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Conflict risk is cracking South Korea’s appeal

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A stronger yen-won exchange rate underlines Japan’s perception of safety with Seoul now plunged into a crisis, awaiting elections and wary of tensions escalating on the Korean Peninsula.

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South Korea has been long considered a safer bet than Japan, with its stronger growth profile, political stability and more favourable fiscal situation.

Rated a stable AA credit by Standard & Poor’s, an equivalent Aa2 by Moody’s, and AA- by Fitch, South Korea ranks 20th in Euromoney’s global risk rankings, just above the United Kingdom and within the second of five categories, indicative of a low level of risk.

However, the North Korean situation is beginning to alarm country risk experts with its potential for such a huge loss of life, and the economic and financial turmoil that would bring.

One contributor who asked not to be named said there is now a big risk of the situation spiralling out of control, especially if Donald Trump senses there is no benefit from pursuing political dialogue.

No wonder the won has been depreciating against a stronger yen lately following a surge in April:

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Until now the economic news has been largely positive for South Korea with the economy expanding on a real terms basis by 0.9% quarter on quarter in January-March (2.7% year on year), bolstered by construction and exports.

GDP growth is forecast to come in at 2.7% in 2017, according to the IMF, compared to 1.2% in Japan, and it should be borne in mind that Japan would also be at risk of conflict should hostilities ever break out, undermining its own investor prospects.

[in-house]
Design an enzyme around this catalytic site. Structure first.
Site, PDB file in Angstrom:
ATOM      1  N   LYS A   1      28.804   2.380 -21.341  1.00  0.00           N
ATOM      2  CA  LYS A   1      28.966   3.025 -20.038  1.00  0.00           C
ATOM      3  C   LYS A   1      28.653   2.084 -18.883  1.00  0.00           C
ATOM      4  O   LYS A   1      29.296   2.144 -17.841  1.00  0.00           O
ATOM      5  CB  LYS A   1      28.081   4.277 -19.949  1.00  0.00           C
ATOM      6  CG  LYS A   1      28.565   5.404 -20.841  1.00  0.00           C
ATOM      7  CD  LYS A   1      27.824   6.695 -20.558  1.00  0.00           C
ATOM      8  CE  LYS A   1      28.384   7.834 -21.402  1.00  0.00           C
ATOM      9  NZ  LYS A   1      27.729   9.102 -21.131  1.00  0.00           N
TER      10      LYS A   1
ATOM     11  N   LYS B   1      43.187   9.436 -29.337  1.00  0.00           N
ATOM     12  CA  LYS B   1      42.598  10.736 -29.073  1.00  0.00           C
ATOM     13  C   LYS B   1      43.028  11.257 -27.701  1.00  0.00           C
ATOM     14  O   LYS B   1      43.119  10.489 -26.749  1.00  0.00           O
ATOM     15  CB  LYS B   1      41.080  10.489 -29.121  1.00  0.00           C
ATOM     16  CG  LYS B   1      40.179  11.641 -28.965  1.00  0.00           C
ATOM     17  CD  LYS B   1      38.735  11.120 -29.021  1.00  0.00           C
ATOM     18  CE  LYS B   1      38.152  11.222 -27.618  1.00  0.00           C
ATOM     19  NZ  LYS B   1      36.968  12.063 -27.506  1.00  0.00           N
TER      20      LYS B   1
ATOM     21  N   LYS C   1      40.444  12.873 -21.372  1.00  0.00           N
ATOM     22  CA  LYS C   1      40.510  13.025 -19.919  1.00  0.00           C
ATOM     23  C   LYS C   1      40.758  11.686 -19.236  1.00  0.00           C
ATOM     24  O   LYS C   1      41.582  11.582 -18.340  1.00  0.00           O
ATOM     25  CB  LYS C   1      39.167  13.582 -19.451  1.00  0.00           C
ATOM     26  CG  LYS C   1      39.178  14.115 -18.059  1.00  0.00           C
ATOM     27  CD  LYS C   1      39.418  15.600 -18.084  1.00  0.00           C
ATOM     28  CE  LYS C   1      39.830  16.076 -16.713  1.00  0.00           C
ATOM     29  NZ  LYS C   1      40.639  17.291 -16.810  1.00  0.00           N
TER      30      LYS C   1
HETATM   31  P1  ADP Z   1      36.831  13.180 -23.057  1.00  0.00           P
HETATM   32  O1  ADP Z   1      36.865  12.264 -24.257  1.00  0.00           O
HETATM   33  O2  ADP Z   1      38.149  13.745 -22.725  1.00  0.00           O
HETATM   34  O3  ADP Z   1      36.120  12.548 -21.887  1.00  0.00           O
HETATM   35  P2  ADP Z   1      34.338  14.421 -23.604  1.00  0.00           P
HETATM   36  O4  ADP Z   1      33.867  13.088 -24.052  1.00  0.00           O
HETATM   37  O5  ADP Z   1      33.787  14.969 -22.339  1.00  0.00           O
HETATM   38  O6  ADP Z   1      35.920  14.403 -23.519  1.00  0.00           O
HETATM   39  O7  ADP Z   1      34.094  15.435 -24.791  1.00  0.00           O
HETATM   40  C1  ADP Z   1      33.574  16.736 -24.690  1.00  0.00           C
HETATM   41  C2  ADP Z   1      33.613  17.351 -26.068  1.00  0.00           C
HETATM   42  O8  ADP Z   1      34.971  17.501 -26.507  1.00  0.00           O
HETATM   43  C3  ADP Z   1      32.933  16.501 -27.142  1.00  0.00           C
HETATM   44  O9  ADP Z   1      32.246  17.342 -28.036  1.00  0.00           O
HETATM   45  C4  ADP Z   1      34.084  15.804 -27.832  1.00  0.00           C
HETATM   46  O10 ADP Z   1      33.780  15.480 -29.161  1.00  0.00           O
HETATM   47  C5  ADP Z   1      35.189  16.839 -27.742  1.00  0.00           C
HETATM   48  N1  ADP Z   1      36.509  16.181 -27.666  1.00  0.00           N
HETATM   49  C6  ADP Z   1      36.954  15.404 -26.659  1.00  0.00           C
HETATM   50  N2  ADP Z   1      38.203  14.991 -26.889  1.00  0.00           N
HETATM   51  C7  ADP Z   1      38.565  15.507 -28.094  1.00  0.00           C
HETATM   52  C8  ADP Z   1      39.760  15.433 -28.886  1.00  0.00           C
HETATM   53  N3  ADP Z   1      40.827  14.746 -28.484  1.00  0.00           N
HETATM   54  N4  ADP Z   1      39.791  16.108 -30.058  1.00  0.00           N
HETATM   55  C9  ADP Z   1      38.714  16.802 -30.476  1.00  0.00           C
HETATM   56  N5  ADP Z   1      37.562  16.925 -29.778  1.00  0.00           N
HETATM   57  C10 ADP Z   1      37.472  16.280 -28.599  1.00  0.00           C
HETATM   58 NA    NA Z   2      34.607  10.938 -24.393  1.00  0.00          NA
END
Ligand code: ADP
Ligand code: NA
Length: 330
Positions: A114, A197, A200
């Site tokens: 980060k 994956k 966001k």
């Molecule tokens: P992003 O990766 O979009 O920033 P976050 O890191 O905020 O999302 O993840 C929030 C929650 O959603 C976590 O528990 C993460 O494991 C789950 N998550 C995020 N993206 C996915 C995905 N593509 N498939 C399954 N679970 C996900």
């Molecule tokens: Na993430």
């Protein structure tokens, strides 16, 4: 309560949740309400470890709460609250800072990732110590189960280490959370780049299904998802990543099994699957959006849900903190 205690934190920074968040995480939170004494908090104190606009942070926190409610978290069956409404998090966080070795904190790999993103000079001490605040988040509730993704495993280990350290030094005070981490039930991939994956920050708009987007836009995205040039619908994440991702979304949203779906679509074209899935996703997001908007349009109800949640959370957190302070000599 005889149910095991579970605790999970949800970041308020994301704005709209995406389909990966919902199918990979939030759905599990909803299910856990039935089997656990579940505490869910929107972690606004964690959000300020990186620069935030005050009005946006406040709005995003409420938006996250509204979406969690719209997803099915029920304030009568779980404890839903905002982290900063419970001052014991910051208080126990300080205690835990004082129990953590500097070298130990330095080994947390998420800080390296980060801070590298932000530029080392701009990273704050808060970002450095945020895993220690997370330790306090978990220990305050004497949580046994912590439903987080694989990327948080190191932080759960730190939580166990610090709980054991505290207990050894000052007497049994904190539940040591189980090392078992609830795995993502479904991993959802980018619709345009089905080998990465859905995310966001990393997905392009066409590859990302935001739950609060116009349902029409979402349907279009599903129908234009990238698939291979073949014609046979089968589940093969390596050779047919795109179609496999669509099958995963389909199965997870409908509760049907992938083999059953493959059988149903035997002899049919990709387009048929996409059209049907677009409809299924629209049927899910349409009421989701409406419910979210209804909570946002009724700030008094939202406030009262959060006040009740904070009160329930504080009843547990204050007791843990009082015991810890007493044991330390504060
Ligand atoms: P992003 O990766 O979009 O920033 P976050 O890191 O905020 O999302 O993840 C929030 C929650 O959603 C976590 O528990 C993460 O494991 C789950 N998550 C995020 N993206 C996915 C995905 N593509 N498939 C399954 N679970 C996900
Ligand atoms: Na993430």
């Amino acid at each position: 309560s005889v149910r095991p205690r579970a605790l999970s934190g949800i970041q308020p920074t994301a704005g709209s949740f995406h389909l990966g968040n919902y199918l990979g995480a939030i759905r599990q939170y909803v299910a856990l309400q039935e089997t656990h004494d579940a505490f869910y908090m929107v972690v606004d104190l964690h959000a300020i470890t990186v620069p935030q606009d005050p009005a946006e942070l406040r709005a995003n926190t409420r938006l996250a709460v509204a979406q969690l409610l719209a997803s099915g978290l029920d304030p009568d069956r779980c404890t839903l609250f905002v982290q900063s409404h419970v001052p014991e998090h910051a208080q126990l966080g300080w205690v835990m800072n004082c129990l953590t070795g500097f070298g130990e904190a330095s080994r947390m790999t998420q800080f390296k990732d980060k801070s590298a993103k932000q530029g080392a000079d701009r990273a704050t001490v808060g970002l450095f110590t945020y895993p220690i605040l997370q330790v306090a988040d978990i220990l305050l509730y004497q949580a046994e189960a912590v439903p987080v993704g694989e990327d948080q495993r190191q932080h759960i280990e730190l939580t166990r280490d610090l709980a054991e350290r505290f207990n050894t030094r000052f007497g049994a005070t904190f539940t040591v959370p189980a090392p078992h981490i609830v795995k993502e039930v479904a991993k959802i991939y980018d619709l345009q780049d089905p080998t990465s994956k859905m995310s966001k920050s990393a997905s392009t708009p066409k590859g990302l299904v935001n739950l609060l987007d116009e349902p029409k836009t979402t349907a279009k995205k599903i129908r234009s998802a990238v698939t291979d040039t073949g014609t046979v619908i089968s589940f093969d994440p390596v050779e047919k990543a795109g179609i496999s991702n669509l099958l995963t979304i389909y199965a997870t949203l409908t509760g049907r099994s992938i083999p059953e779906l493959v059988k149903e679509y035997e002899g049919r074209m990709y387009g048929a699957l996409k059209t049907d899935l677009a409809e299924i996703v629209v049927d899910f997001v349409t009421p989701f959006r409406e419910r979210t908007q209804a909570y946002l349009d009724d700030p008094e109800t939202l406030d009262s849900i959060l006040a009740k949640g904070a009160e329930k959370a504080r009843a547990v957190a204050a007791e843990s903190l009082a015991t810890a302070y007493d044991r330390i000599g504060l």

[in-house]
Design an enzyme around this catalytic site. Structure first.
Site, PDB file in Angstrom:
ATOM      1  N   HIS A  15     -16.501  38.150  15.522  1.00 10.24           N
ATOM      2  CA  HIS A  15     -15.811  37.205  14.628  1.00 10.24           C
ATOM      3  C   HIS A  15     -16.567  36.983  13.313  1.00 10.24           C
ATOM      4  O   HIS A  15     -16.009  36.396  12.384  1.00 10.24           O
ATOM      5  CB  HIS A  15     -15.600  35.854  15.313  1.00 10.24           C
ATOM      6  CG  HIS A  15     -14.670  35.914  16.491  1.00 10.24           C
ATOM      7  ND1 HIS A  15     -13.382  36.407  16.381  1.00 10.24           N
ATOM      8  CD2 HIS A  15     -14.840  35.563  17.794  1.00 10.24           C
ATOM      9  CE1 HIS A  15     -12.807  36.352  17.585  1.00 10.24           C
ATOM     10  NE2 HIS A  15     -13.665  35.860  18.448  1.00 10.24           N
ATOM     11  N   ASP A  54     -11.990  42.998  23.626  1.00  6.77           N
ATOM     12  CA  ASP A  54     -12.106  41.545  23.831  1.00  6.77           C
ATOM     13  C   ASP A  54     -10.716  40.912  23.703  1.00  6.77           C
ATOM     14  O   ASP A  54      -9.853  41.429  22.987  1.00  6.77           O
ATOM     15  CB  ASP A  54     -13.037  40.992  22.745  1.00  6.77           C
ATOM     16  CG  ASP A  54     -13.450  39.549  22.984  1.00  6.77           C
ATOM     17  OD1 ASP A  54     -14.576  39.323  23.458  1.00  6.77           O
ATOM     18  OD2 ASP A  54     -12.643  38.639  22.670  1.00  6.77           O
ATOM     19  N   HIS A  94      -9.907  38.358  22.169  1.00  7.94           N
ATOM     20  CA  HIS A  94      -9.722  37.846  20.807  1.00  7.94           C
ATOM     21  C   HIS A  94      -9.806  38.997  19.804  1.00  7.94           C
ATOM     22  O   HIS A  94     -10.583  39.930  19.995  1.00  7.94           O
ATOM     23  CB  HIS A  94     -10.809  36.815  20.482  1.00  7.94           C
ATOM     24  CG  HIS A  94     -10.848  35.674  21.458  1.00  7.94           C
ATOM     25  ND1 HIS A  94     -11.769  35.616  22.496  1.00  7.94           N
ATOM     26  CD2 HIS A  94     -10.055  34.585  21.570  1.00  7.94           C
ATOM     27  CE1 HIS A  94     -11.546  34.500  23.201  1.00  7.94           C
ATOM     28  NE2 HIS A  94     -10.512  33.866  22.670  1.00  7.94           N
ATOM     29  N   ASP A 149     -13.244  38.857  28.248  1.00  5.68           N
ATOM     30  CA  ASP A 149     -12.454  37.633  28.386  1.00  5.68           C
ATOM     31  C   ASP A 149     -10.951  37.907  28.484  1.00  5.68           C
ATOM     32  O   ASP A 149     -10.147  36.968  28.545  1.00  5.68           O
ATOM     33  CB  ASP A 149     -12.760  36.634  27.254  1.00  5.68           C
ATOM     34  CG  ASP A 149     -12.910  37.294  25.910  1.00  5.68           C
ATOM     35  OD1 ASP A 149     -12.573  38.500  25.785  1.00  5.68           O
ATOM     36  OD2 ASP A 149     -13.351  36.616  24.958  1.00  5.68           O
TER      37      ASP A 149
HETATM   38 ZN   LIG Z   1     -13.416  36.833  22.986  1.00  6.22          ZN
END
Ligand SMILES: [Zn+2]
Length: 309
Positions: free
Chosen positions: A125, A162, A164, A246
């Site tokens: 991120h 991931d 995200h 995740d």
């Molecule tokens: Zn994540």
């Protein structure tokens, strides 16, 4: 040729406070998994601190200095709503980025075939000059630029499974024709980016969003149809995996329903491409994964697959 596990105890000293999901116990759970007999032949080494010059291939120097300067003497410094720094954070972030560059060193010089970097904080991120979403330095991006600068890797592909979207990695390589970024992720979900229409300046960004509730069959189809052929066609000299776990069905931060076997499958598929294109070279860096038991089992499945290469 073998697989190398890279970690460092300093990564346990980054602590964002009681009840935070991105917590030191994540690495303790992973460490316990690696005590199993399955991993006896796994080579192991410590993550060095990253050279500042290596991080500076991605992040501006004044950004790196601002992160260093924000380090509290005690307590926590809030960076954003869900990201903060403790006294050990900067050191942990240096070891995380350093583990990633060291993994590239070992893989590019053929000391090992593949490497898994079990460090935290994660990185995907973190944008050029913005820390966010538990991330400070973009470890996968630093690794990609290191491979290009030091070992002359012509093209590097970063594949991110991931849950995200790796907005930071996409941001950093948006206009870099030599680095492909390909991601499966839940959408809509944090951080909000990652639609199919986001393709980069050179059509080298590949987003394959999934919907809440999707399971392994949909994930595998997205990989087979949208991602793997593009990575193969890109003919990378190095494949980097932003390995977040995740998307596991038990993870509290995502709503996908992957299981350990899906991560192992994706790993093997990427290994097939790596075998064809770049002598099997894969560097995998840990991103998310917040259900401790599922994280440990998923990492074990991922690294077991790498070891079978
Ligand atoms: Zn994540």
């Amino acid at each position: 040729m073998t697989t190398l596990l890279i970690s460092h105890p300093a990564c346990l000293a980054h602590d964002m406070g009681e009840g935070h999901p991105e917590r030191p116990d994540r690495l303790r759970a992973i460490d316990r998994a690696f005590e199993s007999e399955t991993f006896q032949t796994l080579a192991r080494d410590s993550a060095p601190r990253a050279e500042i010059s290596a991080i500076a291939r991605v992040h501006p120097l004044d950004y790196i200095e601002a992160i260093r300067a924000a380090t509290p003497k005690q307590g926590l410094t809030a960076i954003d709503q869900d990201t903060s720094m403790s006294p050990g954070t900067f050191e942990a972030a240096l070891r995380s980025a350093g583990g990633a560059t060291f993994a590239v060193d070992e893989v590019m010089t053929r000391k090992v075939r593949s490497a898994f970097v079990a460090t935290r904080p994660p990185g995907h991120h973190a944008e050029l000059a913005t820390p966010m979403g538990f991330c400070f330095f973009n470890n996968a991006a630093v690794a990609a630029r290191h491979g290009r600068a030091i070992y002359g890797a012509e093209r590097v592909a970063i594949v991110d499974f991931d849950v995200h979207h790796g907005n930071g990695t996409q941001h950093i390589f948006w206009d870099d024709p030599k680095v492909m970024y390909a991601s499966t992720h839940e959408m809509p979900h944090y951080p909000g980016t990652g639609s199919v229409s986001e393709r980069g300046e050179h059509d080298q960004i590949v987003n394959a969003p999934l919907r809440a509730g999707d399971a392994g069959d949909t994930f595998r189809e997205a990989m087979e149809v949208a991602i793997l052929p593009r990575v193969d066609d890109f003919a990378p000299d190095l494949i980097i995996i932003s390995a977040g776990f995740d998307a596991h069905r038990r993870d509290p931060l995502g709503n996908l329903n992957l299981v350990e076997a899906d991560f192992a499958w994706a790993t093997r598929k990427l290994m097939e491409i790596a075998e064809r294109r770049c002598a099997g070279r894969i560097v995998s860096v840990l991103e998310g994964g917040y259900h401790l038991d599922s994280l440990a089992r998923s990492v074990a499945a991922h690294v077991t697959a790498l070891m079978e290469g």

But the country risk scores are starting to converge as experts take a dimmer view of Korean prospects.

It’s a very small yet perceptible drop in country risk score for South Korea, causing it to fall one place in the global rankings.

Japan’s budget deficit is larger, but is narrowing. By contrast, South Korea’s is increasing and hostilities would make matters worse by raising military spending and worsening investment spending.

Regional specialists at BBVA, a bank taking part in Euromoney’s survey, state, “If a war really did break out in the Korean Peninsula, China would suffer greatly.

“Even in a benign scenario where no nuclear weapons were used or leaked, China might still need to take in millions of refugees from North Korea.

“Moreover, China’s trade with South Korea and Japan would also be adversely affected if the war extended beyond North Korea’s borders.”

Even the threat of warfare is enough to damage South Korea’s reputation, not least when also considering the simmering South Sea China tensions concerning Beijing’s ‘nine-dash’ territorial claims.

Plus, South Korea has a household debt burden which is higher than the OECD average, snowballing since the global financial crisis to 170% of disposable income.

Presidential hopeful Moon Jae-In, who is favourite to win the election next week following the impeachment of Park Geun-hye, has vowed to tackle the problem.

Yet with debt spiralling and measures required to constrain it, there are fears the country could be heading for another financial crisis.

On North Korea, too, Moon’s softer approach than Park’s may not amount to much.

Moon favours sanctions, and wants to reopen the Kaeson Industrial complex, a joint initiative providing mutual economic gains.

He also rejects the Terminal High-Altitude Area Defence System (Thaad), reflecting public discontent with US interference.

But it will be difficult for him to return to the Sunshine Policy combining dialogue without pressure favoured by former leader Kim Dae-jung without his counterpart in Pyongyang dismantling the nuclear weapons programme.

Korean investors seem set for a bumpy ride.